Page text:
17 Irving Place at 15th Street
Subways: N, R, 4, 5, 6, L
Irving Plaza seems to be the premiere concert venue in the city. It is a converted theatre with a large floor, small but slick wraparound balcony, large stage, and first-class sound and lighting systems.
Everyone who is anyone plays at Irving. The Cure. Meat Beat Manifesto. Nothing Records. The Sisters of Mercy. Front 242. Prince...??!! The list goes on and on. The large stage and intimate atmosphere help bridge the gap between large halls, and small clubs. This helps the artists feel close to their fans, while allowing them to put on a larger scale stage show than they might be able to at a club.
Entry leads to an old foyer, which has the coat check, and info on the venue available. Directly to the right, a doorway leads to a large staircase which ends at the concert hall proper. A mid-sized hallway runs down the side of the dance floor. Usually, you can find a table with band merchandise in the back. Behind it you can find a staircase that will lead up the balcony. While this can provide an interesting perspective on the show, it is very narrow, and is usually packed with people. The far side of the balcony is generally reserved for VIP tables. At the back of the balcony is a bar. It is mirrored on the main floor. General Admission is the norm, so fight your way to the front if you're in the mood. A large movie screen is installed, and often finds it's way down in between bands.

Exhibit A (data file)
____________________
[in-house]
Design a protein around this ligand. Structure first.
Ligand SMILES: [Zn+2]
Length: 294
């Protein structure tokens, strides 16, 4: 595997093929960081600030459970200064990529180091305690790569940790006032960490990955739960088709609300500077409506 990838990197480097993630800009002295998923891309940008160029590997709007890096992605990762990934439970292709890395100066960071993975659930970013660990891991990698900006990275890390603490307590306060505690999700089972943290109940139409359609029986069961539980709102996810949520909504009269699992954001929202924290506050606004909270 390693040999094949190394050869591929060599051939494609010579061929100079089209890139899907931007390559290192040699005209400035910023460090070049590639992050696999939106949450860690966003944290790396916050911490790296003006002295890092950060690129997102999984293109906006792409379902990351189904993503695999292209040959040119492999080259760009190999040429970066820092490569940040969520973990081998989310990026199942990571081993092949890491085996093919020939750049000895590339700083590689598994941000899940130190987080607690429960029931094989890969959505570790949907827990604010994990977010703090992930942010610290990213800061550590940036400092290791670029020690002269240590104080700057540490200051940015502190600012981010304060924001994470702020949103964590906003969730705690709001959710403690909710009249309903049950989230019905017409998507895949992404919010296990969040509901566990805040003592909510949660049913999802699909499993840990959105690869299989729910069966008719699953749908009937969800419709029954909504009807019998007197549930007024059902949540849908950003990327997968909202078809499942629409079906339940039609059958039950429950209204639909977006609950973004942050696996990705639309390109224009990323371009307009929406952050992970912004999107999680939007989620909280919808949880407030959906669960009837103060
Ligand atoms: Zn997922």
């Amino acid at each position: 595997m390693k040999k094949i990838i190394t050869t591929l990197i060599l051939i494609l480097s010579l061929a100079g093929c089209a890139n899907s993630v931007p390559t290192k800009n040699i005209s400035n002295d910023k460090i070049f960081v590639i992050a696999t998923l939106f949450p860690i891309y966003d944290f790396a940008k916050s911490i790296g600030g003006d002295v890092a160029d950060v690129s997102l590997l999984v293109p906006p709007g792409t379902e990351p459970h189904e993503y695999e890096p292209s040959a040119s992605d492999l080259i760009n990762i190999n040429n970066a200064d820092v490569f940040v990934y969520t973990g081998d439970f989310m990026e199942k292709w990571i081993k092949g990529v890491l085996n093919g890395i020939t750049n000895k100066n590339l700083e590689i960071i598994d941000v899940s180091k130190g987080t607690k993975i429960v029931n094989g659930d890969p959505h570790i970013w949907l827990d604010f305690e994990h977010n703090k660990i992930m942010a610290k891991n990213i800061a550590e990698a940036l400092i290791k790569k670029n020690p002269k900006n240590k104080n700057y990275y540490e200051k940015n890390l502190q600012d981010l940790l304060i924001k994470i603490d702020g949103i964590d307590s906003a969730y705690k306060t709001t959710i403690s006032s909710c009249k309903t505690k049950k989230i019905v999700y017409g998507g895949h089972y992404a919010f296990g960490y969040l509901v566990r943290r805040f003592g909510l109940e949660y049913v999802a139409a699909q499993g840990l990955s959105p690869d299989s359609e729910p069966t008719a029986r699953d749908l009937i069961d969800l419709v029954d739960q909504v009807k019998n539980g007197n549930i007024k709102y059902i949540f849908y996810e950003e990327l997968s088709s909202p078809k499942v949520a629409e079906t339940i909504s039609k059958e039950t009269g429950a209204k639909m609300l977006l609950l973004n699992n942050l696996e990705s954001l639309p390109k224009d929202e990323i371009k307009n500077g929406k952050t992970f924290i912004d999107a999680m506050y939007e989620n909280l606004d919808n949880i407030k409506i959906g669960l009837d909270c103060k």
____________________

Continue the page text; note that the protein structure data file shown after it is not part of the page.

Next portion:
Security is light, but firm. They generally don't frisk you down, but you'd better have your ID ready at the door if you're drinking. Admission is all ages, but you must be 21 to get an alcohol-allowing wristband. All concerts are produced by Delsener/Slater, who pretty much have a chokehold on all the big venues in the city. 25 cents from each ticket goes to LifeBeat: The Music Industry Fights AIDS.
Commentary by Kerry Smith, Monday, Oct 20, 1998.
|Illustration by Kurt Komoda|